Living Will Awareness and Collective Trust between Physicians, Cancer Patients and Caregivers: A Qualitative StudyTharin Phenwan1*, Patsri Srisuwan1 and Tanongson Tienthavorn2
- *Corresponding Author:
- Tharin Phenwan MD
Resident, Department of Family Medicine
Phramongkutklao Hospital, Bangkok, Thailand
E-mail: [email protected]
Received date: December 10, 2014, Accepted date: January 20, 2015, Published date: January 29, 2015
Citation: Phenwan T, Srisuwan P, Tienthavorn T (2015) Living Will Awareness and Collective Trust between Physicians, Cancer Patients and Caregivers: A Qualitative Study. J Palliat Care Med 5:205. doi:10.4172/2165-7386.1000205
Copyright: © 2015 Phenwan T, et al. This is an open-access article distributed under the terms of the Creative Commons Attribution License, which permits unrestricted use, distribution, and reproduction in any medium, provided the original author and source are credited.
Background: A living will is a form of Advance Directive (AD) that represents a patient’s wish, ensuring that their autonomy is respected and answered. However, after the Health Act Legislation in 2007, no practical assessment of living wills has been investigated in Thailand yet.
Aim: To explore living will awareness and attitude in cancer patients and their family caregivers.
Materials & Methods: Semi-structured interviews with purposive sampling method. Nine patients and five family caregivers at the Gyneoncology clinic from January 2014 to March 2014 joined the study. Three aspects were explored: awareness of and attitude towards living will, comprehension of medical terminology in the document, and decision-making. Data were coded and analysed using thematic analysis approach.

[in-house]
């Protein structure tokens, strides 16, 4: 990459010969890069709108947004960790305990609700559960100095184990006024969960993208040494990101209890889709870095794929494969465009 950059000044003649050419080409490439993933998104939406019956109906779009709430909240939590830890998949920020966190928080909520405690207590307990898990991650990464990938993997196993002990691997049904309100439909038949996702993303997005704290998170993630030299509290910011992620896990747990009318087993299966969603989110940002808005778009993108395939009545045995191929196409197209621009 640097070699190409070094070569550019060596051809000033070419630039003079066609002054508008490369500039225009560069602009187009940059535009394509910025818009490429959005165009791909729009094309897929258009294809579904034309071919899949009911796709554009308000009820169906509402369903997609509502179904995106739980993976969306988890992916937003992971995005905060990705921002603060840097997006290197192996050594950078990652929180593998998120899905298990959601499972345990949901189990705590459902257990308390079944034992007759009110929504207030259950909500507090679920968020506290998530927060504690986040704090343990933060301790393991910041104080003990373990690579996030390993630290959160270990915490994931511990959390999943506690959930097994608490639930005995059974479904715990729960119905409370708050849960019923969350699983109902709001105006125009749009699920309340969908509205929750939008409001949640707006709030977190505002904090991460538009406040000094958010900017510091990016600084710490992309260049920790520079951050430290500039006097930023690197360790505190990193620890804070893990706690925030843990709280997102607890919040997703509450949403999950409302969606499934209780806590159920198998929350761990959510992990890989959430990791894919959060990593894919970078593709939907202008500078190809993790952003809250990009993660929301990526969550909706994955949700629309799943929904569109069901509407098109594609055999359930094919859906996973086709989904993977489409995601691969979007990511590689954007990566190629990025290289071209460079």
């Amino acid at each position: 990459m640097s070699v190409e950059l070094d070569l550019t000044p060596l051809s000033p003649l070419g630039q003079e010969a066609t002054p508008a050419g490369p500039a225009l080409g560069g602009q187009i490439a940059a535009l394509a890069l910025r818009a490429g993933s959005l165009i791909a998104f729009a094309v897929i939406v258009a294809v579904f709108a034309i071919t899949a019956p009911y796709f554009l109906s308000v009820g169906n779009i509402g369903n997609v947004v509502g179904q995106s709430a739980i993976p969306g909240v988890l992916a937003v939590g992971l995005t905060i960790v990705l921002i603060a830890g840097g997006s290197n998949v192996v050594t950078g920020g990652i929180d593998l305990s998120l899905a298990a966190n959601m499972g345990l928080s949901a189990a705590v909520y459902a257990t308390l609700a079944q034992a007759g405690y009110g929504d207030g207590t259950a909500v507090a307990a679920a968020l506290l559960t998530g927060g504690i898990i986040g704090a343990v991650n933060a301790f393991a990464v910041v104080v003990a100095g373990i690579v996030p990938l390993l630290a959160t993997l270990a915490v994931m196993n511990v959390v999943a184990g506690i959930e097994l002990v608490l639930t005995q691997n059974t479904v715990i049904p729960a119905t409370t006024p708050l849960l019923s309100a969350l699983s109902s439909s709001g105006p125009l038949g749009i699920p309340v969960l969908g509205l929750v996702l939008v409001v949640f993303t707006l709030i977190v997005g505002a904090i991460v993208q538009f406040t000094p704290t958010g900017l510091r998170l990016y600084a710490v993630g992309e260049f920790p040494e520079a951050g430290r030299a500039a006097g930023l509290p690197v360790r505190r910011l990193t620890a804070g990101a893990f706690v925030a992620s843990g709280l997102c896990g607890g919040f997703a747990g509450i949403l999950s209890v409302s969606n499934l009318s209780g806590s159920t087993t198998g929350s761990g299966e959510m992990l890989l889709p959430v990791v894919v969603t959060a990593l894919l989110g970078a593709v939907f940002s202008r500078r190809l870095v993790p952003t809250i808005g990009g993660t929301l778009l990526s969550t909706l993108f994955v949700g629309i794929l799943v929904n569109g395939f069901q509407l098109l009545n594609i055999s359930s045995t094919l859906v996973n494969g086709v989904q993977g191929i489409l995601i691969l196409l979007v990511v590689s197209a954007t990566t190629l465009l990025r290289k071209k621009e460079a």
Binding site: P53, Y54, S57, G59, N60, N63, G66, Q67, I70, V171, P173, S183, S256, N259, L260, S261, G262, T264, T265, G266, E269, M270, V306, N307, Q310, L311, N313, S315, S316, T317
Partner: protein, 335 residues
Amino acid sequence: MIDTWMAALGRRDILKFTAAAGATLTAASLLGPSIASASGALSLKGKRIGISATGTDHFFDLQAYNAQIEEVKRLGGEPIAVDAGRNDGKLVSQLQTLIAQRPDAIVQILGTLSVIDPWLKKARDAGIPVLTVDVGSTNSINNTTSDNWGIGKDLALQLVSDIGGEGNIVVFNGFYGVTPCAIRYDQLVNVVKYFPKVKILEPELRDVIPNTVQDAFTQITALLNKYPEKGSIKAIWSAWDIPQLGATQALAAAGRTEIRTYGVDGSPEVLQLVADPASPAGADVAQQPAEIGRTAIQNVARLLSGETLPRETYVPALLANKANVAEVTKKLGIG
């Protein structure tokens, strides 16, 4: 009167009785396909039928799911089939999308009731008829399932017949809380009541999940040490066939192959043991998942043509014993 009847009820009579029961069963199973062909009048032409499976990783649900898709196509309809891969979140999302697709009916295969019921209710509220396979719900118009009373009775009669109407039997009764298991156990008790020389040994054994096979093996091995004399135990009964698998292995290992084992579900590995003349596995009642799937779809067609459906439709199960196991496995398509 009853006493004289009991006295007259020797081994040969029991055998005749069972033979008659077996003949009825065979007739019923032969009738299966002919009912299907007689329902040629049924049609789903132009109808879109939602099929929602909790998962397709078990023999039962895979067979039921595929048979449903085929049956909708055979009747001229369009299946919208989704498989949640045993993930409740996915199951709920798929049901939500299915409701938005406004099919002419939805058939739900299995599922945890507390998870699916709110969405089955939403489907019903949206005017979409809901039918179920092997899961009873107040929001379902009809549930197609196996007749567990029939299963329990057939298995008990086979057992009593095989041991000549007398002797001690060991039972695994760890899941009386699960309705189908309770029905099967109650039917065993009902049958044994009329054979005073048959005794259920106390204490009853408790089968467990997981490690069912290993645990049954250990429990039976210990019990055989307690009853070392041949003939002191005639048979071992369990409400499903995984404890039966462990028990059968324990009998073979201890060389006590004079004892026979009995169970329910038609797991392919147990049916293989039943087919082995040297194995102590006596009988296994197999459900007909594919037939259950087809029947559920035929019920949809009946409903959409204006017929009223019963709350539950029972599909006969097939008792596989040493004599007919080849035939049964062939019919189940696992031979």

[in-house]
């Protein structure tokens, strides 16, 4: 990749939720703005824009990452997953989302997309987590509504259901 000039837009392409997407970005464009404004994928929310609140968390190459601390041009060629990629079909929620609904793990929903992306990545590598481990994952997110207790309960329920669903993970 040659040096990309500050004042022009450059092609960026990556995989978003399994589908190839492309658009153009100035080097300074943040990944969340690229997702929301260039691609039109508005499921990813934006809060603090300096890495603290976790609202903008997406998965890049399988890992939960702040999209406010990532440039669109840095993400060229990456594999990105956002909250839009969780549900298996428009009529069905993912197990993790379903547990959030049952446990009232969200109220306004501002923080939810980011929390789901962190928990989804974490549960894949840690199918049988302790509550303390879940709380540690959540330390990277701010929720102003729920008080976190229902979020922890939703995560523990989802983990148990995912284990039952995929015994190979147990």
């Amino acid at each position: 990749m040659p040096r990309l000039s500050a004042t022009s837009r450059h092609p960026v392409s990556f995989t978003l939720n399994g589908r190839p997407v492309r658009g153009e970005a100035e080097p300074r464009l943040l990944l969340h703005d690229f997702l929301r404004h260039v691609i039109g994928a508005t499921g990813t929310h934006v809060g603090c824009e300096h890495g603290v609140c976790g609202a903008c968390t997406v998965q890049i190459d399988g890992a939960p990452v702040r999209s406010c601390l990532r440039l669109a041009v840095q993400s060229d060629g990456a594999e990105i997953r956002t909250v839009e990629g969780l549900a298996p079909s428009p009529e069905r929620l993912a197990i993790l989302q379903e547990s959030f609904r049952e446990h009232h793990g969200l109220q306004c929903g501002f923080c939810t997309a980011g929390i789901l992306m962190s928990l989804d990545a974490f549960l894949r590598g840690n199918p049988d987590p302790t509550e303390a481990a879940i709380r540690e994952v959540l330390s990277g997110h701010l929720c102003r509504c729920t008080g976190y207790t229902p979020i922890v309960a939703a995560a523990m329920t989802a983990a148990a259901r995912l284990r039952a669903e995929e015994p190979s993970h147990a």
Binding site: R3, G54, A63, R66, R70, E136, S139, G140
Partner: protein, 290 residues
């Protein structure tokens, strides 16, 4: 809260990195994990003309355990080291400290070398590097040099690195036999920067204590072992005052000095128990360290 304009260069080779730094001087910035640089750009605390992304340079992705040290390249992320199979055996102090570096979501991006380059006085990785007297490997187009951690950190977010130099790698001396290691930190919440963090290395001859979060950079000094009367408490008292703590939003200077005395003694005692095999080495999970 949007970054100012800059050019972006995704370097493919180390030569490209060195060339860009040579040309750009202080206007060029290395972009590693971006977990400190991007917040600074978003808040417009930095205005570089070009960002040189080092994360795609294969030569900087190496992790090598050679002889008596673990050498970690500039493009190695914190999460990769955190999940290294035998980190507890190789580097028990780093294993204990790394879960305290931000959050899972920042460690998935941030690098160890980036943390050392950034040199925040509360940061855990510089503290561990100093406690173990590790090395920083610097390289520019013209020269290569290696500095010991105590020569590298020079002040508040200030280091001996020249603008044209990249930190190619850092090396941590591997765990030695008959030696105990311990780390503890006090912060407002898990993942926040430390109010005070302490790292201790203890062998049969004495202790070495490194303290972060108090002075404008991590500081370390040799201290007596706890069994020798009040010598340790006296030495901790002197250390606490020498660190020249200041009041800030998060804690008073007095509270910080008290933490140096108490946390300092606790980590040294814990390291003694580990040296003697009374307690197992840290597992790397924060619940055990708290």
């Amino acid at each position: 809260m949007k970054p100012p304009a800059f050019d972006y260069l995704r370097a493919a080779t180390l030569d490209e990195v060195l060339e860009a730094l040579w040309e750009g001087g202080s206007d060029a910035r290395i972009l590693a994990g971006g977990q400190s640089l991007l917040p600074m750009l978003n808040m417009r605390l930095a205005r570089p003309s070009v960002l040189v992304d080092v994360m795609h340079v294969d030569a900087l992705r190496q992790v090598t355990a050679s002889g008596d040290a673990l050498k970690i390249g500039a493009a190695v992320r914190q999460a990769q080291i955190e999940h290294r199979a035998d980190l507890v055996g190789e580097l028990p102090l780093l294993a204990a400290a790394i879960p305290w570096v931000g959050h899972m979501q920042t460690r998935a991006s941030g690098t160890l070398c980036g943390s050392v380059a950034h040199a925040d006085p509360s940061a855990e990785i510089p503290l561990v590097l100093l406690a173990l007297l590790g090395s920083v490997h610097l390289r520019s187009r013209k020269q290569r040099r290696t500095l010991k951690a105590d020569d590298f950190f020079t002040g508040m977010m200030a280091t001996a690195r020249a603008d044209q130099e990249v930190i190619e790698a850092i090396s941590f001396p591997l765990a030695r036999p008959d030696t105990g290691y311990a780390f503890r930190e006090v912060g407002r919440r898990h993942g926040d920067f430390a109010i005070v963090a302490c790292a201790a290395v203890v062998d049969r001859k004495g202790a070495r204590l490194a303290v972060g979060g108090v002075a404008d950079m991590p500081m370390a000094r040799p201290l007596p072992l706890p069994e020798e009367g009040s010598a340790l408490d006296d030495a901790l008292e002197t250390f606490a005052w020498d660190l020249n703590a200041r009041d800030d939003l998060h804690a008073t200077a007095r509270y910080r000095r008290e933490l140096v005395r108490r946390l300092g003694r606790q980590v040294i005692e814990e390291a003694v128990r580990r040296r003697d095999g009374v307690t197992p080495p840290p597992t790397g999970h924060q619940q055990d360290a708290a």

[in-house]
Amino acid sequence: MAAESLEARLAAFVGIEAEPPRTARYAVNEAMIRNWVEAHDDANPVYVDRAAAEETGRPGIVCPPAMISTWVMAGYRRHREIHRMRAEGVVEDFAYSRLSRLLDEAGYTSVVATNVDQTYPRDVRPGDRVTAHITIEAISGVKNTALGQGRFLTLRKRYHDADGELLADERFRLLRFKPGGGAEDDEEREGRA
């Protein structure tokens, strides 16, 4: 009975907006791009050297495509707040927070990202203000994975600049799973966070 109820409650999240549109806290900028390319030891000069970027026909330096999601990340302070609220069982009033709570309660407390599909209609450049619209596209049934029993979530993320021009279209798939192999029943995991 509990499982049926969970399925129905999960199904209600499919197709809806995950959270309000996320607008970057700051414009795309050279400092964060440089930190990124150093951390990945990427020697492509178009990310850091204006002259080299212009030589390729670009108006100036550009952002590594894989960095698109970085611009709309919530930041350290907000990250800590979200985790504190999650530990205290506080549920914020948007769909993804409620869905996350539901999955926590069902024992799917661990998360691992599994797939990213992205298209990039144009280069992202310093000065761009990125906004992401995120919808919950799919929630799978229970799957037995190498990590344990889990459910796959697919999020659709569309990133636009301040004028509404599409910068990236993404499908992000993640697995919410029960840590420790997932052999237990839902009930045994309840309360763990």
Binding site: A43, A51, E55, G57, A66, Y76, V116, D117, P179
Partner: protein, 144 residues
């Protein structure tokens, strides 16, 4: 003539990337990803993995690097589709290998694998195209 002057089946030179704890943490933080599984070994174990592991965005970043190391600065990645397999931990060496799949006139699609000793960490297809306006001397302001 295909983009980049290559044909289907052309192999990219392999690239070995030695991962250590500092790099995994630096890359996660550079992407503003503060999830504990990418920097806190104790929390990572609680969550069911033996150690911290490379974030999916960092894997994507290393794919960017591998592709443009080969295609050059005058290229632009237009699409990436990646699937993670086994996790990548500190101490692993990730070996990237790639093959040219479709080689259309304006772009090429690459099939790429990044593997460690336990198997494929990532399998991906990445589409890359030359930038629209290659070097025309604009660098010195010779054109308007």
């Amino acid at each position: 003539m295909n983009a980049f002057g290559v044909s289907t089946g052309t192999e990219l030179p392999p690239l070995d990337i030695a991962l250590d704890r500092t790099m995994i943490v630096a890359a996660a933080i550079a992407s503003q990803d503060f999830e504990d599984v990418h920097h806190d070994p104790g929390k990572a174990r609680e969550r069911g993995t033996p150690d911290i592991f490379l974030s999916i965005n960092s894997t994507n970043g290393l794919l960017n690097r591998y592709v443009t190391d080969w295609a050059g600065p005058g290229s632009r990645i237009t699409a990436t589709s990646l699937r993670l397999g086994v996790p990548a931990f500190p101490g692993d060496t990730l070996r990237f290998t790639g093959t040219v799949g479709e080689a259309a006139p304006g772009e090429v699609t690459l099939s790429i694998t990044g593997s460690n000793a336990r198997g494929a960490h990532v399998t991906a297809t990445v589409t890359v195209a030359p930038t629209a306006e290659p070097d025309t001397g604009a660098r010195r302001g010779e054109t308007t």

Results: None of the participants have heard of living wills before. Three themes emerged: (1) Past experiences about death and terminal illness play a major role in perception of illness, comprehension of the document, and decision-making, (2) Participants’ decisions were based on mutual trust of their family members and their doctors, reflecting Thai collectivist culture, (3) Patients’ and caregivers’ perception of illness and autonomy need to be assessed.
Conclusions: Larger scale assessment of living will awareness in Thailand is still needed. Perception of illness plays a major role regarding to AD and decision-making. Because of collective doctor-patient relationship, patients’ and caregivers’ perception of illness needs to be assessed before any AD is initiated. A joint meeting between family members and doctors is also a necessity, ensuring that the patient’s autonomy and the family’s concerns are thoroughly explored.